Tesla (NASDAQ: TSLA) One of the biggest stock histories of 2020. With nearly 550% sports growth since January 1, those who believed in the business model built by CEO Elon Musk have made nice gains. Musk himself was one of the biggest winners of Tesla shares, ranking 3rd among the richest people in the world, according to Forbes.
In the long run, stock movements reflect the success or failure of a company’s underlying business. Short-term stock volatility is much more difficult to assess. Nevertheless, there is a good reason why Tesla shares look to be preparing for $ 600 per share in the near future. It can get much higher if the conditions are right.
It is a question of supply and demand
Tesla has a plethora of indicators that investors monitor from quarter to quarter. Shipping data is probably the most important, typically appearing in the first days of each new quarter. Revenue reports obviously also have a significant weight.
Behind all these catalysts, the number of key news items affecting Tesla in the current quarter is likely to be small towards the end of the year. This makes the share price more susceptible to factors that do not affect Tesla’s business strength.
Specifically, the biggest driver of Tesla shares by the end of the year is likely to be the decision of S&P Dow Jones Indices to take Tesla into the S&P 500 index. The case of the bull is quite simple:
- Current shareholders know that post-S&P 500 index funds will have to purchase significant amounts of Tesla shares on or before December 21st.
- Aware that all of this buy is on the horizon, there is little reason for shareholders to sell now.
The huge amount of money following the S&P 500 is incredible. The S&P Dow Jones Indices reports that an $ 11.2 trillion asset uses the S&P 500 as a benchmark to compare returns. More than 40% of that amount – $ 4.6 trillion – is an indexed asset tied directly to the components of the S&P 500.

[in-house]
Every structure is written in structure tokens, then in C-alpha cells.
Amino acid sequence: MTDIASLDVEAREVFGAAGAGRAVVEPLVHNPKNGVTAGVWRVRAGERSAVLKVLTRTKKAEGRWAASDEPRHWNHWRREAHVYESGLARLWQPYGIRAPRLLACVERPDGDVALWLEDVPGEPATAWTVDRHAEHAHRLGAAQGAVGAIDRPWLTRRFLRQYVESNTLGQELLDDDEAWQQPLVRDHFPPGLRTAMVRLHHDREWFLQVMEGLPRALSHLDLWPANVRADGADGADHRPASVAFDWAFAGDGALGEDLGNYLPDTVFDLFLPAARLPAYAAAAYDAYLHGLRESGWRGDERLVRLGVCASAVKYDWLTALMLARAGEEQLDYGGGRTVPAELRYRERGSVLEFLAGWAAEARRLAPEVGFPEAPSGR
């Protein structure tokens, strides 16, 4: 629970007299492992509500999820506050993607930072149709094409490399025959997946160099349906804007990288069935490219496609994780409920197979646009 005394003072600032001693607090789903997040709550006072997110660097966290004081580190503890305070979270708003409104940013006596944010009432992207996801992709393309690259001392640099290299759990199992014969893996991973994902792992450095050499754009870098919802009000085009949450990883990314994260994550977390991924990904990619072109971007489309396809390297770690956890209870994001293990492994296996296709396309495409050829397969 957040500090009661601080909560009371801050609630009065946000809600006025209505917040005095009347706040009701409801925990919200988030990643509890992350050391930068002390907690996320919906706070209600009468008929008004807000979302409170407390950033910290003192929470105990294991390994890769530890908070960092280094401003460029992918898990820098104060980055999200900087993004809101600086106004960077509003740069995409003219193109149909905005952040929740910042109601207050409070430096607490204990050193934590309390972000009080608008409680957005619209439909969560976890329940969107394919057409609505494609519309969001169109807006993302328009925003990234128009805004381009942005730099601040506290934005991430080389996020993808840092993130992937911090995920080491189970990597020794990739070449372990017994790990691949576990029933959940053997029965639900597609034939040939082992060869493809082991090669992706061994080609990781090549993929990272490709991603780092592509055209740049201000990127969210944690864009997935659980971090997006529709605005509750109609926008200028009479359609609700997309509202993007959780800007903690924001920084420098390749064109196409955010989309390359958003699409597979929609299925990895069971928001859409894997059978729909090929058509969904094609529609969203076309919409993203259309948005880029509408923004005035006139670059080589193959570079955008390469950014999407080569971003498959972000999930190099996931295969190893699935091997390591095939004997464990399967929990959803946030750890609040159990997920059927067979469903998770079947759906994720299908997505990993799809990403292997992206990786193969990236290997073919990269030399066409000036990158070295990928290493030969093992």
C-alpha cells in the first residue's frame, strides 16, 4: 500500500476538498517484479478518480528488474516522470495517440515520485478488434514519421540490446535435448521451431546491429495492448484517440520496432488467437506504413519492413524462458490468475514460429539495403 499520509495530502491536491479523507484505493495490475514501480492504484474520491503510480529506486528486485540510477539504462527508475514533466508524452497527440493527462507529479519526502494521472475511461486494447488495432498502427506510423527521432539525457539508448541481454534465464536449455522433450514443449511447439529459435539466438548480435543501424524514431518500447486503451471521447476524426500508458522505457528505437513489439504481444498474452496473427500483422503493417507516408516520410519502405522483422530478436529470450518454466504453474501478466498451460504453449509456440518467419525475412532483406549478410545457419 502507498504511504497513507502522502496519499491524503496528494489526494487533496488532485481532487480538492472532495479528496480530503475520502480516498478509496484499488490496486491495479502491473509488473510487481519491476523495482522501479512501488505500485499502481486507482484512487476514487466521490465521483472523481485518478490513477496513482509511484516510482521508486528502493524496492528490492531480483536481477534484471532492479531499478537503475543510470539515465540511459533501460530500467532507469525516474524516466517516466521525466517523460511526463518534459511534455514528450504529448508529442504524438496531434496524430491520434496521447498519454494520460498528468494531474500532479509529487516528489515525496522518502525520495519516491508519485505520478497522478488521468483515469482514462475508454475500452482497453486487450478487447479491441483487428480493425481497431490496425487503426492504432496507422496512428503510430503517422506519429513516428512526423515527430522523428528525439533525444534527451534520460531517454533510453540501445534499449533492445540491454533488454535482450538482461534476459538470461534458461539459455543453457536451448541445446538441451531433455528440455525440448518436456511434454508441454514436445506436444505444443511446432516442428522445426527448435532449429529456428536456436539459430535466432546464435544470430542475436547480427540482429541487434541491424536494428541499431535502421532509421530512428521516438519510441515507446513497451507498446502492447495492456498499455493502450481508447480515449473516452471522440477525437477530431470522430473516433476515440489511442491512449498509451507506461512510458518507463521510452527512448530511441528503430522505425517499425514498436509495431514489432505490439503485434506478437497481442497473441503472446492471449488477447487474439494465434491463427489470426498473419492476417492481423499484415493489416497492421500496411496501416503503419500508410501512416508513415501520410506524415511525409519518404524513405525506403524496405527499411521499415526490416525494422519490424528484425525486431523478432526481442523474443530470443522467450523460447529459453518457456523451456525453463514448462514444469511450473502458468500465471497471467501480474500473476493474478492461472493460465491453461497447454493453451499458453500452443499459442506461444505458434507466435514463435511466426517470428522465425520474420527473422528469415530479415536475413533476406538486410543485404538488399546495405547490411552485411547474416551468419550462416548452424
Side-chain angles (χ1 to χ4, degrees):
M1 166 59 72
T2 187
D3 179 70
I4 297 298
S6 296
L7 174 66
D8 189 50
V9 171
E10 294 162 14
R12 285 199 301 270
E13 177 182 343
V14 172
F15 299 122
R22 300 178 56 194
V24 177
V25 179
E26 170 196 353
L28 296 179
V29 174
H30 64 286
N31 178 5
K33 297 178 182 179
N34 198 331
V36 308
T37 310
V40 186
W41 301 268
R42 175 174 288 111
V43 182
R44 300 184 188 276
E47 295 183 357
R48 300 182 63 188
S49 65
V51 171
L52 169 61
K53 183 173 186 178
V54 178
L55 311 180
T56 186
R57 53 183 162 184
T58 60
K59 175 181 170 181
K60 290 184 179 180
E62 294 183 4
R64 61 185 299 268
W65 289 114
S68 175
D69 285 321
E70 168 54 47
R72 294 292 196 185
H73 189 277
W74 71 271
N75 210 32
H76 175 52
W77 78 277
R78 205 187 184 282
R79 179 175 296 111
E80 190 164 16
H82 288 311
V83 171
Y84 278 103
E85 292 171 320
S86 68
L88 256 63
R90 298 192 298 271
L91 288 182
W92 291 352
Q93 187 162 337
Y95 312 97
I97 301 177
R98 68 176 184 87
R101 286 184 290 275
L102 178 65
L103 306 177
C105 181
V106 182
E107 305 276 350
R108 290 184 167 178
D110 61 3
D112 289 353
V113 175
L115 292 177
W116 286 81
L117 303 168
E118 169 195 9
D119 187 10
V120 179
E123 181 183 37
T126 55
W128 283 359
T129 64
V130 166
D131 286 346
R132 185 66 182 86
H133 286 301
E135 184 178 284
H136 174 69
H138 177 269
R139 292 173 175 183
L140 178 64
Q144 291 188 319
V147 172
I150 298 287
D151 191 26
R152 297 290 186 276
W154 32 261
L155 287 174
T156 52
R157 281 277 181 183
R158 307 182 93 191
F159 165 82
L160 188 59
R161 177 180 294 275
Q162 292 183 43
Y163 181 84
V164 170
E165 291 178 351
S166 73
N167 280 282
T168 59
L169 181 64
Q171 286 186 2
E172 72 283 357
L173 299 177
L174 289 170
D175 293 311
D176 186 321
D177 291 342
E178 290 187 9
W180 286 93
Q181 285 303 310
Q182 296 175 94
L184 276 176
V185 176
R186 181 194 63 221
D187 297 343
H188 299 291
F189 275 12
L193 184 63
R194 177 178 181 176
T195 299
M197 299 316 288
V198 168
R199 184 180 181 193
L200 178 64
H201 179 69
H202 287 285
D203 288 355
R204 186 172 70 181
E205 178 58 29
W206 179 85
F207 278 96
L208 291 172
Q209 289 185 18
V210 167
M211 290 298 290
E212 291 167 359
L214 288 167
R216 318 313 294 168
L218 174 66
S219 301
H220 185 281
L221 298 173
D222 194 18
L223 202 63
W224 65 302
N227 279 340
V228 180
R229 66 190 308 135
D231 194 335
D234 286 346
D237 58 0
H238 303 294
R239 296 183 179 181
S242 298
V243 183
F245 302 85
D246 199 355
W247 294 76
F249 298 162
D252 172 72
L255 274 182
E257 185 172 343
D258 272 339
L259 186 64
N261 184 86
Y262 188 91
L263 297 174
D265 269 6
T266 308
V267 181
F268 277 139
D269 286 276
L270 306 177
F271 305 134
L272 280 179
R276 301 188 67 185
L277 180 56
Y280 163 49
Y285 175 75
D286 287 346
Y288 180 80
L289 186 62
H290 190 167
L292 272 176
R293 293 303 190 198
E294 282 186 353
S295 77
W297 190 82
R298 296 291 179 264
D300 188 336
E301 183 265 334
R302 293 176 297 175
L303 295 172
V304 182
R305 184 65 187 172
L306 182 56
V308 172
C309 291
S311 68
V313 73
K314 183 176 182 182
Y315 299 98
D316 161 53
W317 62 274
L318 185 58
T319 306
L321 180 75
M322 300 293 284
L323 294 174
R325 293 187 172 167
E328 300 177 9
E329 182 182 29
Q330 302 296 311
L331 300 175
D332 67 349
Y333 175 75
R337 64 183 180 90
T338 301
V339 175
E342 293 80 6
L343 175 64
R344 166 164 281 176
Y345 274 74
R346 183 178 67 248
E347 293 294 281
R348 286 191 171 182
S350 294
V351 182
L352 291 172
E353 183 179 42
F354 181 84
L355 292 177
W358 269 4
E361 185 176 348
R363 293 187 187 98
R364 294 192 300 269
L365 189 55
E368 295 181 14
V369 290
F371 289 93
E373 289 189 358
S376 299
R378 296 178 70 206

A lot of shopping is coming
Based on Tesla’s current market capitalization, estimates suggest that its weight is likely to be 1-1.5% of the S&P 500. Pick up that amount and apply it to the $ 4.6 trillion S&P tracking assets, and you’ll get $ 46 billion in $ 69 billion worth of Tesla stock that index funds have to buy, coming in late December.
That amount is so huge that S&P Dow Jones has looked at the distribution of Tesla’s reception over a few days. No final decision has yet been made on this front, but the disintegration of the move could make it easier for forced buyers to find willing sellers.
Is there a short squeeze coming?
The other thing to keep in mind is that Tesla already accepts many investors against its stock. By the end of October, nearly 48 million Tesla shares had been sold – worth more than $ 25 billion at current prices. This accounted for 5% of the shares outstanding.
If buyers linked to the index eventually push the stock price higher, the resulting squeeze on short sellers could result in an even sharper upward movement. Admittedly, after this year’s high earnings on Tesla shares, anyone who sells shares needs to be prepared for short risk and thus less likely to be pushed out than most short agents. However, only so many short-sale investors are willing to lose. This can also leave the stock open before a major short-term collision.
The holidays will be interesting for Tesla
For many investors, adding Tesla to their index fund portfolio means owning shares in the electric car manufacturer for the first time. They have no choice in this matter.
However, if you think that Tesla’s underlying business is justifying a big rise in the stock price this year, you better not wait for the index funds to buy up. In the short term, a big rise in the stock price makes all the sense in the world.